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Right down the middle

August 8, 2008 - Per Peterson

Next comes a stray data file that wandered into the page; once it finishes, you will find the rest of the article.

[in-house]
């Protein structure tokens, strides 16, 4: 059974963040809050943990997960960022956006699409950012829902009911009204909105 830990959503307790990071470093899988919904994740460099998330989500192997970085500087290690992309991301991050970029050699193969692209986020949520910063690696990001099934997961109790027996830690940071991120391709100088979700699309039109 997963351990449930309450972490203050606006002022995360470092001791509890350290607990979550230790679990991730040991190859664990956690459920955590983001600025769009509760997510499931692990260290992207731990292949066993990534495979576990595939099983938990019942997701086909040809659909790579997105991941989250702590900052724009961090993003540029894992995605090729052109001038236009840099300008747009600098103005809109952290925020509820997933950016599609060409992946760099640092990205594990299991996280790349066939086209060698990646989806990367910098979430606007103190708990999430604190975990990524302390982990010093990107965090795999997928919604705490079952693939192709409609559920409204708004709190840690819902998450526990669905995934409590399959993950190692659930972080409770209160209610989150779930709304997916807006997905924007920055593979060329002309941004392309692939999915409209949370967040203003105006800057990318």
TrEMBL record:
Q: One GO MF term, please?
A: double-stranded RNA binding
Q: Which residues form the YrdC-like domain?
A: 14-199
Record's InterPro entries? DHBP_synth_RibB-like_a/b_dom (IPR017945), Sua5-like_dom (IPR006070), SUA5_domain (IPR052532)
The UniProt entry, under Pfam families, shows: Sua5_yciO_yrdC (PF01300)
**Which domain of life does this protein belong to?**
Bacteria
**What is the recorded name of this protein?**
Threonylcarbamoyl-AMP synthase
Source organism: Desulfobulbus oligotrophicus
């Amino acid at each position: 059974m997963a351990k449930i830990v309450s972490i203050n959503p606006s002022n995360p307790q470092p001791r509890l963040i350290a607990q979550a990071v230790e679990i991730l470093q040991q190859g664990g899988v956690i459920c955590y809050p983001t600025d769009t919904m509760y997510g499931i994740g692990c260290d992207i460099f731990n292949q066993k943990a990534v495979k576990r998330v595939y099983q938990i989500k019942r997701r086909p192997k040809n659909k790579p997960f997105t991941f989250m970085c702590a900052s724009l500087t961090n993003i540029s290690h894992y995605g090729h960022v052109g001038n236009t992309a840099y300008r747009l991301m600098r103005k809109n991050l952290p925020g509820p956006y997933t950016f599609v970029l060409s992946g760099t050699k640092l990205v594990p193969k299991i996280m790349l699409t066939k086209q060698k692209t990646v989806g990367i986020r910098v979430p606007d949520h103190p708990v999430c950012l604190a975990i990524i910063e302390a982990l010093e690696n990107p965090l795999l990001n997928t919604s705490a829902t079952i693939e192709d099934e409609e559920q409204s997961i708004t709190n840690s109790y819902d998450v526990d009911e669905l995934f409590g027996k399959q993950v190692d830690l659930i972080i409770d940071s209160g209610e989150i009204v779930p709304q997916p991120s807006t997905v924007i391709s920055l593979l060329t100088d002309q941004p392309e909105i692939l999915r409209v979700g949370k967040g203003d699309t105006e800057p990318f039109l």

How does one know what you have a potential star in the family? How do you when that day is that sometime in the future your kid will be interviewed and he or she will speak of one particular day when they realized what their true talent was? I might have an idea, when it comes to my 10-year-old stepson Austin, who last weekend at Vikings training camp decided he wanted to try a kick a field goal at one of the games that was set up as part of the entertainment at camp. It was a simple set-up. Kids stood in line waiting to kick a football off a tee through field goal posts superimposed on a stadium-like background. It wasn’t 100 percent true to life — the ball wasn’t a real NFL ball (although it was close) and they were kicking into an inflatable structure — but that doesn’t matter to me. What matters is this kid — probably the smallest in his class — stepped up and booted his first kick high and through the uprights. After, we calmly said, ‘hey, way to go Austin.’ Then he wanted to do it again. So we let him go ahead, get back in line and kick another one. Same thing. Booted it high and right down the middle. “Hey!” we said. “Good job.” Kid’s pretty good, we thought. Then he did it again. High, straight through the uprights. Other kids twice his size were kicking ground balls and low line drives. I don’t remember seeing any other kid actually come close to making a field goal. One kid’s shoe ended up flying over a fence. No one really took it seriously. Except Austin, and then me. So my brother challenges him and puts the tee back a few yards and he kicks another one through. Then we moved it back again and got the same result. To others, it probably looked like he was showing off, but we didn’t care. Long story short, we might just have found his calling. He loves football, but his size, we thought before last weekend, might not have allowed him to play when he gets older. Now he’s got an in. Kickers don’t have to be big. In fact, few of them are. Maybe I’m blowing this out of proportion — I don’t want to become one of those parents who push their kids into doing something and think they’ll be the next whoever. But then again maybe I’m not. All I know is the kid’s got a knack for kicking footballs, and if his talent someday lands him a scholarship or a job in the NFL getting paid $2 million a year to kick field goals, then I think it’s worth pursing, and that’s all the more reason to hope that last Saturday could’ve been that day we look back on when we learned of his talent.

 
 

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